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Atticus feels a deep responsibility for his children, for keeping them safe, making sure they are well educated, and rearing them so that they are strong in character as well as in body. Atticus teaches them by example. He is honest and fair, teaching them the value of those qualities. He treats others with compassion and respect, and makes sure that Jem and Scout know how important it is to do so. At one point toward the conclusion of the novel, Atticus makes it clear to the children how he scorns any man who would take advantage of others. Atticus teaches his children courage by taking Tom Robinson's case. He explains to them that he could not respect himself or worship God if he did not try to help Tom. On numerous occasions, such as the time he breaks up the children's Radley "play," Atticus emphasizes Boo's right to privacy and respect. Atticus is somewhat reserved in displaying affection, but there is no doubt about the depth of his love for Jem and Scout. At the end of the novel after Bob Ewell's horrible attack on his children, Atticus tucks Scout in, then goes to Jem's room where Scout knows he will sit with Jem all night until he wakes up in the morning to find his father with him.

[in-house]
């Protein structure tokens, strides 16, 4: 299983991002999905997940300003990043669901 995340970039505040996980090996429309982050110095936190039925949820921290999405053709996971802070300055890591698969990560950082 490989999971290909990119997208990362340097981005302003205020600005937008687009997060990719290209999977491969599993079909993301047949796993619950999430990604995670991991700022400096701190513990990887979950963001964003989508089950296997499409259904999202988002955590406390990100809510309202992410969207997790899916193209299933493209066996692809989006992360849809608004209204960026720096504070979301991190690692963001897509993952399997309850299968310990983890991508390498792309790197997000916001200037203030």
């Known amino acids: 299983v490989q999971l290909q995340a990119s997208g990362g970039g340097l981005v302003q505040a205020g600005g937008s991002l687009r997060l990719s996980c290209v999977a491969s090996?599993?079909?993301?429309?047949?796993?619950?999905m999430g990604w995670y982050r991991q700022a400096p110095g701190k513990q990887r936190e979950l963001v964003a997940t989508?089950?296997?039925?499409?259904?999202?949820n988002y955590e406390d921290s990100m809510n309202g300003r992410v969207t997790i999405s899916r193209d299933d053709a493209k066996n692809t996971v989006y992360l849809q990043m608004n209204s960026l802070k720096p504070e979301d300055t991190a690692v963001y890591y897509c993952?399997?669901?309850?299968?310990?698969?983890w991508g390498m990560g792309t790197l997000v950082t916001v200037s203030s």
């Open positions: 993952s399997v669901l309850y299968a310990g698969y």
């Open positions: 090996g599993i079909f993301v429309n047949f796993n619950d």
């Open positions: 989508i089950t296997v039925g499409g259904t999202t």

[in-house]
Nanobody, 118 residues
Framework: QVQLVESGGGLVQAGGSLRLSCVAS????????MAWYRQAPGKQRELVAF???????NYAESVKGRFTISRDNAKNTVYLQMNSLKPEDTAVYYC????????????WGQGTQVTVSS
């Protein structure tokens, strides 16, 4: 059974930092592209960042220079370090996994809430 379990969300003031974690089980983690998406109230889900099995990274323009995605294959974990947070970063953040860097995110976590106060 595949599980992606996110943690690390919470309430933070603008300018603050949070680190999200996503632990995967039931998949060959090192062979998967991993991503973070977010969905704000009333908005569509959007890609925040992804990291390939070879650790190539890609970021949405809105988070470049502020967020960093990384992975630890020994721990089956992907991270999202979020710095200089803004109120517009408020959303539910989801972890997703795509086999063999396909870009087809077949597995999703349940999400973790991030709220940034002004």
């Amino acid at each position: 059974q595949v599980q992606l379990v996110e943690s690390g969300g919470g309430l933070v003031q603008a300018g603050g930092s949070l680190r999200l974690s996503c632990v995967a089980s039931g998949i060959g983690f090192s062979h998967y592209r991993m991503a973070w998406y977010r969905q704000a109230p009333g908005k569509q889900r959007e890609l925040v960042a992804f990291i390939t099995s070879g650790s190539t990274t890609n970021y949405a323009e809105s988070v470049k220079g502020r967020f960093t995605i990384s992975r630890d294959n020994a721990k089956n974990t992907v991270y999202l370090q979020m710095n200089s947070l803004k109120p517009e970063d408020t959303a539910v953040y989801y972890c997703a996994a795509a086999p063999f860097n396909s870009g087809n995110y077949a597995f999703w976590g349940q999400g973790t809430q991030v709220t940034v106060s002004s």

As an employer, it says everything about Atticus that he does not consider Calpurnia to be an employee. According to Atticus, Cal is part of the family, and he treats her as one of their family. On one occasion, Alexandra tells Atticus there are certain things he should not say at the dinner table in front of Calpurnia. He dismisses this idea. On another occasion, Alexandra pushes Atticus to dismiss Calpurnia, saying they don't need her anymore. Furthermore, Alexandra does not think Calpurnia is a fit person to raise the children. Atticus strongly objects and refuses to let Cal go. He knows, and says, that she is important to him and the children and that they could not get by one day without her. Furthermore, Atticus says Cal's "lights" are good, meaning her values, insights, and judgment are sound in guiding Jem and Scout.
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